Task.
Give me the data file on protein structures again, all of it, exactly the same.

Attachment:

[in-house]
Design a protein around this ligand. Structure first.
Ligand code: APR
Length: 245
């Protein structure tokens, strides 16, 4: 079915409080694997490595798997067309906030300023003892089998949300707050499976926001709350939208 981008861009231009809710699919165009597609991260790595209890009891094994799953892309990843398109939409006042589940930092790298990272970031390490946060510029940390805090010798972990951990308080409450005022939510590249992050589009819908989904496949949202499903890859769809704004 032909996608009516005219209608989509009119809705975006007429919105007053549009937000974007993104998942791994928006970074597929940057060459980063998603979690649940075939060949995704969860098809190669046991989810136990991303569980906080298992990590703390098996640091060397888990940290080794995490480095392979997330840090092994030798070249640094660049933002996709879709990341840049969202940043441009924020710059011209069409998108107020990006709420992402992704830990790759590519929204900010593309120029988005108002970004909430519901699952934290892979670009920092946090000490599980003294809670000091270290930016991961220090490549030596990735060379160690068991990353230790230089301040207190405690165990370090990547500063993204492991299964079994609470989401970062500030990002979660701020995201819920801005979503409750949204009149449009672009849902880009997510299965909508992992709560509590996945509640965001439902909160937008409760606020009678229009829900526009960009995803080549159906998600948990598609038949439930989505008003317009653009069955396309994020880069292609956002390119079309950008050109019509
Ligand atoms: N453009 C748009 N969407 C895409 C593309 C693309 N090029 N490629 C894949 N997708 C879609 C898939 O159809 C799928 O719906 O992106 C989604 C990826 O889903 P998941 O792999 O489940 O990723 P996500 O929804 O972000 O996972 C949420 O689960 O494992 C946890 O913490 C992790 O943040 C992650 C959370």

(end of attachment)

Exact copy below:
[in-house]
Design a protein around this ligand. Structure first.
Ligand code: APR
Length: 245
């Protein structure tokens, strides 16, 4: 079915409080694997490595798997067309906030300023003892089998949300707050499976926001709350939208 981008861009231009809710699919165009597609991260790595209890009891094994799953892309990843398109939409006042589940930092790298990272970031390490946060510029940390805090010798972990951990308080409450005022939510590249992050589009819908989904496949949202499903890859769809704004 032909996608009516005219209608989509009119809705975006007429919105007053549009937000974007993104998942791994928006970074597929940057060459980063998603979690649940075939060949995704969860098809190669046991989810136990991303569980906080298992990590703390098996640091060397888990940290080794995490480095392979997330840090092994030798070249640094660049933002996709879709990341840049969202940043441009924020710059011209069409998108107020990006709420992402992704830990790759590519929204900010593309120029988005108002970004909430519901699952934290892979670009920092946090000490599980003294809670000091270290930016991961220090490549030596990735060379160690068991990353230790230089301040207190405690165990370090990547500063993204492991299964079994609470989401970062500030990002979660701020995201819920801005979503409750949204009149449009672009849902880009997510299965909508992992709560509590996945509640965001439902909160937008409760606020009678229009829900526009960009995803080549159906998600948990598609038949439930989505008003317009653009069955396309994020880069292609956002390119079309950008050109019509
Ligand atoms: N453009 C748009 N969407 C895409 C593309 C693309 N090029 N490629 C894949 N997708 C879609 C898939 O159809 C799928 O719906 O992106 C989604 C990826 O889903 P998941 O792999 O489940 O990723 P996500 O929804 O972000 O996972 C949420 O689960 O494992 C946890 O913490 C992790 O943040 C992650 C959370």